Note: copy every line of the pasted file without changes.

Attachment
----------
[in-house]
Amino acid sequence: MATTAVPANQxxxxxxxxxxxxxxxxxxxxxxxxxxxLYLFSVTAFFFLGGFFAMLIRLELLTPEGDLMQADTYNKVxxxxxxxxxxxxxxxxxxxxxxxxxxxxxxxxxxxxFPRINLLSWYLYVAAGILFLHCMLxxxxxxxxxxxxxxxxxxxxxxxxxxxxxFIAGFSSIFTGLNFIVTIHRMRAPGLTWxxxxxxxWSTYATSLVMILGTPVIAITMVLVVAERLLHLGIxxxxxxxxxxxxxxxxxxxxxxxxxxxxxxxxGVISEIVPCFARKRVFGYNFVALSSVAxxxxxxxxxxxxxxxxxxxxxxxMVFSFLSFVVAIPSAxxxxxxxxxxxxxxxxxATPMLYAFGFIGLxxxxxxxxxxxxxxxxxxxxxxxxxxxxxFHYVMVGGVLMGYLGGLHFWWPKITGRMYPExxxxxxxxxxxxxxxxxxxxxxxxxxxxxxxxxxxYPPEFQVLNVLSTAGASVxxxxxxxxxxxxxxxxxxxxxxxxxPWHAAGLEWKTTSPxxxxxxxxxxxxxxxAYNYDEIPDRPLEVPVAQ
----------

[in-house]
Amino acid sequence: MATTAVPANQxxxxxxxxxxxxxxxxxxxxxxxxxxxLYLFSVTAFFFLGGFFAMLIRLELLTPEGDLMQADTYNKVxxxxxxxxxxxxxxxxxxxxxxxxxxxxxxxxxxxxFPRINLLSWYLYVAAGILFLHCMLxxxxxxxxxxxxxxxxxxxxxxxxxxxxxFIAGFSSIFTGLNFIVTIHRMRAPGLTWxxxxxxxWSTYATSLVMILGTPVIAITMVLVVAERLLHLGIxxxxxxxxxxxxxxxxxxxxxxxxxxxxxxxxGVISEIVPCFARKRVFGYNFVALSSVAxxxxxxxxxxxxxxxxxxxxxxxMVFSFLSFVVAIPSAxxxxxxxxxxxxxxxxxATPMLYAFGFIGLxxxxxxxxxxxxxxxxxxxxxxxxxxxxxFHYVMVGGVLMGYLGGLHFWWPKITGRMYPExxxxxxxxxxxxxxxxxxxxxxxxxxxxxxxxxxxYPPEFQVLNVLSTAGASVxxxxxxxxxxxxxxxxxxxxxxxxxPWHAAGLEWKTTSPxxxxxxxxxxxxxxxAYNYDEIPDRPLEVPVAQ